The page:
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April 30, 1964 - Image 7

Resource type:
Text
Publication:
The Michigan Daily, 1964-04-30

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THE 1.MICHIGAN DAILY

I

THROUGH THE
BULL'S EYE
by Bill Bullard

Big Ten

Teams Hold Final

Grid Scrimmag

By LLOYD GRAFF

""

Ell C 't Lose
In the Spring Game
Coach Bump Elliott is preparing his football team for a game,
that he can't possibly lose.
Saturday will be the only time during the year when Elliott will
be on the sidelines just observing his players and not coaching them.
In what is known as the annual spring game, the assistant coaches
will have charge of two squads of Wolverine gridders in the conclud-
ing scrimmage of spring practice.
This game is looked upon by Elliott and his staff as a contest in
which they can learn much about the personnel of the team. But it
is also a contest which has great appeal for Wolverine spectators. .
!The small group of fans who watched the first three scrimmages
of the season will likely be augmented by another group of regulars
who are interested in getting an advanced look at next fall's for-
tunes. Programs with the numbers of the players will be provided and
the clock and scoreboard may even be running.
An alumni group from Detroit will make the trip to see the
game as they have for the past several years. They will view the
scene from the unusually quiet and uncongested Stadium press
box.
But aside from the spectator enjoyment, the game has a serious
purpose. "We don't put the game on necessarily for the fans,""Elliott
said yesterday. "We put it on for our own purposes. It's a continua-
tion of our spring practice sessions.
"We're splitting up the teams evenly. So I expect little scoring.
But we'll probably have more scoring than last year."
Elliott has been emphasizing offense in his scrimmages so far,
usually pitting his top three teams against the, rest of the squad. But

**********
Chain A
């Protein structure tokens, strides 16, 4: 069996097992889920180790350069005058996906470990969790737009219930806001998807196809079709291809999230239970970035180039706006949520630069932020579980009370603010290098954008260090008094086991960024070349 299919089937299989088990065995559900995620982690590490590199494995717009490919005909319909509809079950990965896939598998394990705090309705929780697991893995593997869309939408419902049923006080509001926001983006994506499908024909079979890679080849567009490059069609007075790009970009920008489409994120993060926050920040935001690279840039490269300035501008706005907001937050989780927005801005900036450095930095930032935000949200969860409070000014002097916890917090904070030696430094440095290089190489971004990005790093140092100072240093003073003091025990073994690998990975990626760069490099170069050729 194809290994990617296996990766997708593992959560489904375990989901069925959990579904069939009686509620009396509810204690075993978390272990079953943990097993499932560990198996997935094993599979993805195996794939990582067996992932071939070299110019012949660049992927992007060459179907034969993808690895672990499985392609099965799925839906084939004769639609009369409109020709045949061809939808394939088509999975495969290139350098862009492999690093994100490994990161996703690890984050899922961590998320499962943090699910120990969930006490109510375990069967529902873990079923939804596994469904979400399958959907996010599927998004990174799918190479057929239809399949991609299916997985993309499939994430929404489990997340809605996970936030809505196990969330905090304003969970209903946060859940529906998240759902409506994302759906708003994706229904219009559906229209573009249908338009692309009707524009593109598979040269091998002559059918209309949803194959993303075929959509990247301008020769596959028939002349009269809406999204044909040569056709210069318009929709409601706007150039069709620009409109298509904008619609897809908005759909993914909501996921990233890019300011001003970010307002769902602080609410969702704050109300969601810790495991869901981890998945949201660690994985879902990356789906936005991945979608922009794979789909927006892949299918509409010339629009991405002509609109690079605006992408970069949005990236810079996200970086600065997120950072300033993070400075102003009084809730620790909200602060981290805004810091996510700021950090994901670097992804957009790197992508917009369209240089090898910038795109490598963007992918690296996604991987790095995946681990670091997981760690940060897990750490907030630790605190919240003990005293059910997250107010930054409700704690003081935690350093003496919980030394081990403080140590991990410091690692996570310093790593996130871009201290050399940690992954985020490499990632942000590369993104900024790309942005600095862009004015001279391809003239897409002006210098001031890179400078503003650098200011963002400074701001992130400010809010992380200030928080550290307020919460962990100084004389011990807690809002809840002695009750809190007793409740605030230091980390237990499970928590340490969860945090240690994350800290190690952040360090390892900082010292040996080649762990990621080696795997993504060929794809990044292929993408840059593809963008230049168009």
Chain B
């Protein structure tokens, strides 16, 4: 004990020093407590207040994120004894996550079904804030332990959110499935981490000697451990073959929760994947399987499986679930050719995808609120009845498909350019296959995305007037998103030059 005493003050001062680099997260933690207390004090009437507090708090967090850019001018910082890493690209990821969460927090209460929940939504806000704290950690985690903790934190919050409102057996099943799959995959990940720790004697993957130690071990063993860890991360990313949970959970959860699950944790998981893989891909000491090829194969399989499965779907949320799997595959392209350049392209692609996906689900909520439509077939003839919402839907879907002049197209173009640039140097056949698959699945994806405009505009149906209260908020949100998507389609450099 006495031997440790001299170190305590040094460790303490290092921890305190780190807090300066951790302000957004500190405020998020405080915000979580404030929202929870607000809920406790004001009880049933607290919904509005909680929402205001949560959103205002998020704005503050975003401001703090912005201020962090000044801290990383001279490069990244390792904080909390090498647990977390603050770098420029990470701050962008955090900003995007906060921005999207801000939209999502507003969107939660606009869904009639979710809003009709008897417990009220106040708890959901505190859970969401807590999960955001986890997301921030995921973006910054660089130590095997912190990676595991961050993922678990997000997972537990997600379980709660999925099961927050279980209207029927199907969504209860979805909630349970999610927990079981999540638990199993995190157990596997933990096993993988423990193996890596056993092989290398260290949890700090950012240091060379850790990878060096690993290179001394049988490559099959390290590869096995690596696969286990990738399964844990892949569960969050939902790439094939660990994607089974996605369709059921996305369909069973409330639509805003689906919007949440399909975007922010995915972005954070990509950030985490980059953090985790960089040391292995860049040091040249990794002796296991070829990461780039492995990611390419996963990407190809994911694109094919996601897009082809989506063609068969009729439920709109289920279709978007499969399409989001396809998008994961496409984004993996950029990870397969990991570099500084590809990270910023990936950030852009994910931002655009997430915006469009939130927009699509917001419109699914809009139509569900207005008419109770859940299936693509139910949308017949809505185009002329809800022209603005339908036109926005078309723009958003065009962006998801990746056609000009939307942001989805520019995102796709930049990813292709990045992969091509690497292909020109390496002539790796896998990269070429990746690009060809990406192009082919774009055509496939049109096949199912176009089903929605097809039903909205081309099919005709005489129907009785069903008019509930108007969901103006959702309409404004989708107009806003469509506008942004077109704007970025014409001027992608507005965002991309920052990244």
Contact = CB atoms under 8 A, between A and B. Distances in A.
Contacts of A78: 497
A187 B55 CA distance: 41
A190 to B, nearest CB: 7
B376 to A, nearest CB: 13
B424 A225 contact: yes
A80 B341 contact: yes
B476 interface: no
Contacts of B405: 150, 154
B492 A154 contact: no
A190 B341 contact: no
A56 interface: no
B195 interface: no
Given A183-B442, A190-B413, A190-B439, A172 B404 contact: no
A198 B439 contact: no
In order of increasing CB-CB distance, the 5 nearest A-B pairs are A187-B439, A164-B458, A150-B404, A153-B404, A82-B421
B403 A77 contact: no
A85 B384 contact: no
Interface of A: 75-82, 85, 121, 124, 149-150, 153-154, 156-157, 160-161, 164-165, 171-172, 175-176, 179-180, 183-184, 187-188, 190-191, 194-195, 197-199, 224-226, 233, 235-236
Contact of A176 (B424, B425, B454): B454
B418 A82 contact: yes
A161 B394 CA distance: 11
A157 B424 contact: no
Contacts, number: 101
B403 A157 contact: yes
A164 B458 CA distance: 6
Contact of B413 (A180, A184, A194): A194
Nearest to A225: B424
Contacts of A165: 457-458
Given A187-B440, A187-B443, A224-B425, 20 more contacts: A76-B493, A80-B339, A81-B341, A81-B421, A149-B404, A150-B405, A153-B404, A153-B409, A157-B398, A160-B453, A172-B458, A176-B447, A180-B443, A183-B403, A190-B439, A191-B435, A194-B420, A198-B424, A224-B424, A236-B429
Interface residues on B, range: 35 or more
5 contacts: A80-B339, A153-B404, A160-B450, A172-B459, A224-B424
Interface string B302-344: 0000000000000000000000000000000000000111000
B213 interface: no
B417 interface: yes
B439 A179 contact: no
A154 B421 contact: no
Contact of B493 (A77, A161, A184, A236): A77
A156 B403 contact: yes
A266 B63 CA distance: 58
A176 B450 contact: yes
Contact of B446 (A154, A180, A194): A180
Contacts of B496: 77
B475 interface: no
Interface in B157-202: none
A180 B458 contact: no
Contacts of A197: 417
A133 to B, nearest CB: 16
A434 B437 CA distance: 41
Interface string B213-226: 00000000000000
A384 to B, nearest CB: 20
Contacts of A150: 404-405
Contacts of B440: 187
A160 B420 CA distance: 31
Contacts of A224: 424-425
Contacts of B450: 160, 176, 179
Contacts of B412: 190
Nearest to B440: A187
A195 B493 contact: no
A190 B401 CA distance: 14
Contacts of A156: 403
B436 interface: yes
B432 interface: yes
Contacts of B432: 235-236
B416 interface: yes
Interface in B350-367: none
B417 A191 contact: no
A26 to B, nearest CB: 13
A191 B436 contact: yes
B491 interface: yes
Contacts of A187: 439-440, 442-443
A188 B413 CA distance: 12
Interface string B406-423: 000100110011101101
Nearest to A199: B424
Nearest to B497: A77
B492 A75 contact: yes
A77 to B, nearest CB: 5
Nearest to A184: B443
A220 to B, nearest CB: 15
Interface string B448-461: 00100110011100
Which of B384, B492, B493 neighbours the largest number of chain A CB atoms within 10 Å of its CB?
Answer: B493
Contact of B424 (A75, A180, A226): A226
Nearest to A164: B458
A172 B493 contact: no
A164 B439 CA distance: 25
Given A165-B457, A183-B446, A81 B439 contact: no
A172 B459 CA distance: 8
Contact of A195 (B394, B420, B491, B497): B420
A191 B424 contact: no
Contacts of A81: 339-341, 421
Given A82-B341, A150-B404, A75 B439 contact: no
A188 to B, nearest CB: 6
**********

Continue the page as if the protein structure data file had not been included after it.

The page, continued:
even with the attempt at making the two opposing teams evenly
mached, there should be more of an offensive show than last year's
standstill.
Michigan rooters will be looking for signs of an offensive
.,punch that often stalled last season's team just short of victory.
The 1963 Wolverines held their nine opponents to an average of
about two touchdowns a game but could barely do better them-
selves in the scoring column.
Of course, the results of the game Saturday will not provide ob-
jective evidence about how the team will do next fall. But it will pro-
vide fans and alumni with plenty to talk and argue about over summer
months. Elliott and his coaches will also have plenty to discuss and
do in the aftermath of the game and spring practice.

At almost the exact moment
Eugene Ormandy will delicately
lift his baton to direct a Debus-
sy Nocturne Saturday afternoon,
hundreds of Big Ten football play-
ers will be taking turns knocking
each other around in final spring
scrimmages.
The music of shrill whistles,
dull thuds, and sharp grunts will
filter through the air from Iowa
City to East Lansing. After the
games are over some coaches will
sing out the praises of their boys
while others will croon the blues.
Probably the coach with the
most to chirp about is Pete El-
liott of Illinois. With 24 returning
lettermen and little of value gone
except for quarterback Mike'Tali-

aferro, the Illini may well take
a top pre-season national rating
into competition next season.
Fullback Jim Grabowski will be
just a junior, as will halfback
Sam Price, and quarterback Fred
Custardo. All-American Dick But-
kus, Archie Sutton, and Dick Dell-
er will be back to cement the line.
Besides these stars, Illinois boasts
depth with two returning letter-
men at each of the 11 positions.
About all they lack is a place-
kicker and a punter.
Illinois may be loaded, but old
shirtsleeved Woody Hayes down
in Columbus is beating the drums
for his Buckeyes too. He thinks